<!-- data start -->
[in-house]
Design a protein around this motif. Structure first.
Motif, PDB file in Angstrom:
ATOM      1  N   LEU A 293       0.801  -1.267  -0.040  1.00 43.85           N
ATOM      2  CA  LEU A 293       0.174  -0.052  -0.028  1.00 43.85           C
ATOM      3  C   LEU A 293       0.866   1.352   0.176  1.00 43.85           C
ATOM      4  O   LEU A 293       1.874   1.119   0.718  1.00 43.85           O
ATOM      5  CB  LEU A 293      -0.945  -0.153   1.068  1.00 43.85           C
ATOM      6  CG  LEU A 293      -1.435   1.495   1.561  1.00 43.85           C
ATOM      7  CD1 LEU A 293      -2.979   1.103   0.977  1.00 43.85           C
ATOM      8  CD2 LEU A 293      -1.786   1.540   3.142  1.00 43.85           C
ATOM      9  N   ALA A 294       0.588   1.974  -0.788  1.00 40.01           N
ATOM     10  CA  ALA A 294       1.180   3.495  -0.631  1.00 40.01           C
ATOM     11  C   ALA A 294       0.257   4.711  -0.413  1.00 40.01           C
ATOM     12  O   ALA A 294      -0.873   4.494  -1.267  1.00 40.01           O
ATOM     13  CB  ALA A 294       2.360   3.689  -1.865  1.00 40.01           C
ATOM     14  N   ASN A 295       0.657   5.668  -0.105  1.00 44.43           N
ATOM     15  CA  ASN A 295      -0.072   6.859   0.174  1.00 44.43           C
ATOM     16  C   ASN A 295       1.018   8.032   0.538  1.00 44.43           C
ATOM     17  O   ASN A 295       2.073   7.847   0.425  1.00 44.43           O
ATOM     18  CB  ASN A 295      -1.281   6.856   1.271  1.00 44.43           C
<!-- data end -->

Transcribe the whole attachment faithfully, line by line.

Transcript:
[in-house]
Design a protein around this motif. Structure first.
Motif, PDB file in Angstrom:
ATOM      1  N   LEU A 293       0.801  -1.267  -0.040  1.00 43.85           N
ATOM      2  CA  LEU A 293       0.174  -0.052  -0.028  1.00 43.85           C
ATOM      3  C   LEU A 293       0.866   1.352   0.176  1.00 43.85           C
ATOM      4  O   LEU A 293       1.874   1.119   0.718  1.00 43.85           O
ATOM      5  CB  LEU A 293      -0.945  -0.153   1.068  1.00 43.85           C
ATOM      6  CG  LEU A 293      -1.435   1.495   1.561  1.00 43.85           C
ATOM      7  CD1 LEU A 293      -2.979   1.103   0.977  1.00 43.85           C
ATOM      8  CD2 LEU A 293      -1.786   1.540   3.142  1.00 43.85           C
ATOM      9  N   ALA A 294       0.588   1.974  -0.788  1.00 40.01           N
ATOM     10  CA  ALA A 294       1.180   3.495  -0.631  1.00 40.01           C
ATOM     11  C   ALA A 294       0.257   4.711  -0.413  1.00 40.01           C
ATOM     12  O   ALA A 294      -0.873   4.494  -1.267  1.00 40.01           O
ATOM     13  CB  ALA A 294       2.360   3.689  -1.865  1.00 40.01           C
ATOM     14  N   ASN A 295       0.657   5.668  -0.105  1.00 44.43           N
ATOM     15  CA  ASN A 295      -0.072   6.859   0.174  1.00 44.43           C
ATOM     16  C   ASN A 295       1.018   8.032   0.538  1.00 44.43           C
ATOM     17  O   ASN A 295       2.073   7.847   0.425  1.00 44.43           O
ATOM     18  CB  ASN A 295      -1.281   6.856   1.271  1.00 44.43           C